• Mercado dos Lavradores – buy true Madeiran bananas in an amazing, colorful marketplace. They grow them here in large quantities. They are exported to Portugal only because of the EU reportedly concluded that their curvature was insufficient. Or too big? If you notice black, long fish lay on the counter, it’s Espada (you ate them with grilled banana). They have spooky bulging eyes, supposedly because of rapid pressure decrease during fishing. They live in great depth.
  • Hotel Ritz – enjoy a coffee on the terrace of this magnificent hotel, which has been here for over 100 years, and observe the relaxed atmosphere of the capital
  • Poncha – after a walk through the botanical garden, have a drink of fresh orange juice with Madeiran rum, sweetened with honey from orange blossoms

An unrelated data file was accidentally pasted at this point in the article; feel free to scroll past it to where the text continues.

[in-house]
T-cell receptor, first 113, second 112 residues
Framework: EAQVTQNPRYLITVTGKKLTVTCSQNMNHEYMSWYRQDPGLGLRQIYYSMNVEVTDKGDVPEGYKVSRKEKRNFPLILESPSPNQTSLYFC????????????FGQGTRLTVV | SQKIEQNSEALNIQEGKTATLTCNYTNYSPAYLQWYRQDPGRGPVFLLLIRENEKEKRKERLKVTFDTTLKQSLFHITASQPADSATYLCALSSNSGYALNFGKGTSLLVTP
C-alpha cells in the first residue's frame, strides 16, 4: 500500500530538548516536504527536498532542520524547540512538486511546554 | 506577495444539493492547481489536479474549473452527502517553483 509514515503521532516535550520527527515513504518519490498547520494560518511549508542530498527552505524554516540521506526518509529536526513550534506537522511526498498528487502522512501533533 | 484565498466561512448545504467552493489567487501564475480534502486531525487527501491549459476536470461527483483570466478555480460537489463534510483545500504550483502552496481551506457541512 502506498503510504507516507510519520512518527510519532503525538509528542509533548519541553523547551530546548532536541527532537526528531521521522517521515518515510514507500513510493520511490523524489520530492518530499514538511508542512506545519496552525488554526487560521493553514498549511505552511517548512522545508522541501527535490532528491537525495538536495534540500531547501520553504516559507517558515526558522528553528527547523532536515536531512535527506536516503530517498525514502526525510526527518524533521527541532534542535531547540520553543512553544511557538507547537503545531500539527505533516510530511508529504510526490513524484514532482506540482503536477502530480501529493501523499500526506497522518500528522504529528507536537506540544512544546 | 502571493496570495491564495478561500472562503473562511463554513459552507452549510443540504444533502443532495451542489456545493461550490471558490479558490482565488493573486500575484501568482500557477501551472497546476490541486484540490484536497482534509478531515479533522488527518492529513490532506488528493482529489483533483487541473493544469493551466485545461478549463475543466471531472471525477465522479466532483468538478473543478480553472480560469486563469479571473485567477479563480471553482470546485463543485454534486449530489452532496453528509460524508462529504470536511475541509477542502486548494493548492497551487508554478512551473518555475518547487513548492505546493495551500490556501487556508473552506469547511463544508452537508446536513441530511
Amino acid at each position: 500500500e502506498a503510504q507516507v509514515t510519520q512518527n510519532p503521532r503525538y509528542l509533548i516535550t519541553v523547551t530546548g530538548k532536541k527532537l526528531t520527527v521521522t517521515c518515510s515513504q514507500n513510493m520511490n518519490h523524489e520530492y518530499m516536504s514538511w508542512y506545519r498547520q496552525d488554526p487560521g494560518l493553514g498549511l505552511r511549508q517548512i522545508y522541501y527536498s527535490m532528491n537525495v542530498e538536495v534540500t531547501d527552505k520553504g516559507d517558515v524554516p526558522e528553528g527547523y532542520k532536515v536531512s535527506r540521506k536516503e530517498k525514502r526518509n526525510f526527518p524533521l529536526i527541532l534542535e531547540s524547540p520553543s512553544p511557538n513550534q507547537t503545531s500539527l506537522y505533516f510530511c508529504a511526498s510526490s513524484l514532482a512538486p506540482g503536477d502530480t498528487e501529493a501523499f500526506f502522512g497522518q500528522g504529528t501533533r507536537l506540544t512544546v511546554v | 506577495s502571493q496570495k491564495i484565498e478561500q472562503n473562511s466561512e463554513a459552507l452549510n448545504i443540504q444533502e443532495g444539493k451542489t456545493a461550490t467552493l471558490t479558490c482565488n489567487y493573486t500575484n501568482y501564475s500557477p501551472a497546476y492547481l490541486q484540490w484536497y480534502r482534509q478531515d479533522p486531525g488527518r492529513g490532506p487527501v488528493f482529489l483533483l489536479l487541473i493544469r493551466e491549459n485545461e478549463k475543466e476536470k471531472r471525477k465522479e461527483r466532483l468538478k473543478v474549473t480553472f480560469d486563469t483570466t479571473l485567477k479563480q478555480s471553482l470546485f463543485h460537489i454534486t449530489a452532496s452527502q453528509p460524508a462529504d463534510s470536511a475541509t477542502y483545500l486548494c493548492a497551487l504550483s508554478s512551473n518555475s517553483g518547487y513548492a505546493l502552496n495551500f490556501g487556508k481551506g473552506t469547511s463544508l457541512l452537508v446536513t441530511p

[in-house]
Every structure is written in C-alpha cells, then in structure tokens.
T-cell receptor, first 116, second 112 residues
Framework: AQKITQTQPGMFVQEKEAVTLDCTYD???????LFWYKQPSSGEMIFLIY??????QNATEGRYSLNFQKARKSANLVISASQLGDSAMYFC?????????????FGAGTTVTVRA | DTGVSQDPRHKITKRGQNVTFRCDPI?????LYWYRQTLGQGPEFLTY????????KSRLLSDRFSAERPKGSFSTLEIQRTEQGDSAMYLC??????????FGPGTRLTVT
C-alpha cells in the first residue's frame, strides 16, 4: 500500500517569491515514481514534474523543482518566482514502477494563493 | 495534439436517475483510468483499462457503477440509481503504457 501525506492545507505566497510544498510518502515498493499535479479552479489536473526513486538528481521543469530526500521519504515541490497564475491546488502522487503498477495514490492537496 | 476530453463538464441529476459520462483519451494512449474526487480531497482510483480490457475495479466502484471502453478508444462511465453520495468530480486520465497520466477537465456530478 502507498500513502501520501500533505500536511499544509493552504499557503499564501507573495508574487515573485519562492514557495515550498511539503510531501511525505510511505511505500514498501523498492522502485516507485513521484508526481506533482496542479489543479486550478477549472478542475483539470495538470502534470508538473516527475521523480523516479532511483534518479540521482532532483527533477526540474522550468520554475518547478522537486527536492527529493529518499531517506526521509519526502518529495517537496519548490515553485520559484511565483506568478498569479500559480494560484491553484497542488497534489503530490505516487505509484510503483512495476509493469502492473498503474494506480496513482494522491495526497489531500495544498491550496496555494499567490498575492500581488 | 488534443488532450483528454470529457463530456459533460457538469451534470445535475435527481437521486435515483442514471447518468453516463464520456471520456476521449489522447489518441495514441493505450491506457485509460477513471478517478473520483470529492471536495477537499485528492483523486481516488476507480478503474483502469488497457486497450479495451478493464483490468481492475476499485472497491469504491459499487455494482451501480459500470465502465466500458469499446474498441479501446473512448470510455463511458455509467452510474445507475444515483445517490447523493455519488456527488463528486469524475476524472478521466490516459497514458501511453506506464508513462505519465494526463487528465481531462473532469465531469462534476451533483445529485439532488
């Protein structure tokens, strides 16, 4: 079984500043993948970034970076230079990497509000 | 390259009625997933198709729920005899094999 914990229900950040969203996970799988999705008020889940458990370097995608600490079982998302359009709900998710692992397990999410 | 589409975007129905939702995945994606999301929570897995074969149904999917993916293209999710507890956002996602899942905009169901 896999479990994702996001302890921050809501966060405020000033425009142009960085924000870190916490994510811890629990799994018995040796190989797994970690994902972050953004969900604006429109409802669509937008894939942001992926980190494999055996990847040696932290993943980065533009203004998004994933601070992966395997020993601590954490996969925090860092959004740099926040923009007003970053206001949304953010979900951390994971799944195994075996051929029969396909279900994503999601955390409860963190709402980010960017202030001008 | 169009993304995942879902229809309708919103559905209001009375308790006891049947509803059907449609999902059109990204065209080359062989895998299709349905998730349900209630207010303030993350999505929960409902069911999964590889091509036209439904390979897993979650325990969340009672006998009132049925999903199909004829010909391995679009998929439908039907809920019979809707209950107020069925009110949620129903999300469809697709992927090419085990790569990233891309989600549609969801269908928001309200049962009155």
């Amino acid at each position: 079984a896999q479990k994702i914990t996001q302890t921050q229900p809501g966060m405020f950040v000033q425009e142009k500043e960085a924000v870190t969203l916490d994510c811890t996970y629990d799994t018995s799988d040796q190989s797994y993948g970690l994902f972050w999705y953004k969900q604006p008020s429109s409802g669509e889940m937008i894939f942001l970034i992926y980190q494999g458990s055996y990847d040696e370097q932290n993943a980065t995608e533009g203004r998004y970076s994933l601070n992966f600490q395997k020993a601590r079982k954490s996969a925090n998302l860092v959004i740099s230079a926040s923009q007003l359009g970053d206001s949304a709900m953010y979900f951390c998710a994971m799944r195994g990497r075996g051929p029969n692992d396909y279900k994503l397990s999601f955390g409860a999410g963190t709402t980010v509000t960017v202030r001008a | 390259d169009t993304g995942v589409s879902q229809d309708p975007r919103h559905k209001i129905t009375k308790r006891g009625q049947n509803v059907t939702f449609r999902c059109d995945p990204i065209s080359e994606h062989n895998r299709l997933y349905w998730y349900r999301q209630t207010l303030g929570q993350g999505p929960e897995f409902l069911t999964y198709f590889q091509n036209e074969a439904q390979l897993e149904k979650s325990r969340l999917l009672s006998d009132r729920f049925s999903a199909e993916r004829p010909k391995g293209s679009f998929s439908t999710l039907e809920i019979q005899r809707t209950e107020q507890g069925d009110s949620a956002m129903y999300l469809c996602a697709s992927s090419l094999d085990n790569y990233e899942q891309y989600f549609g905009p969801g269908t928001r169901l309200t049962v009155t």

• Cruise ship The Santa Maria de Colombo – take a three-hour cruise on an “exact” replica of Christopher Columbus’ Galeon to Cabo Girão rock, which is the second-highest cliff in Europe (580m). Those who have the courage and a healthy heart can jump across the deck into the icy water. By the way, he was a joker, this Christopher. He did not confess that he had a diesel engine below decks.

Madeira Art of Open Doors

The Zona Velha was old and deteriorating part of the capital. In 2010, José Maria Montero had the idea – to have artists paint on the doors of abandoned shops and homes. He asked more than 100 artists to participate in the Arte Portas Abertas project. Entering was easy: pick a door and create whatever you want on it. Around 200 works of art have been created until today using various techniques – painting, clay, metal, glass, stones, ceramic tiles, and even the keys on a computer keyboard. The name of the project means the Art of Open Doors and captures the main idea – to attract people and culture to this part of the city. And it works excellently. By the way, if you want to see all 200 doors it will be a long stroll.

Santana – houses like in a fairy tale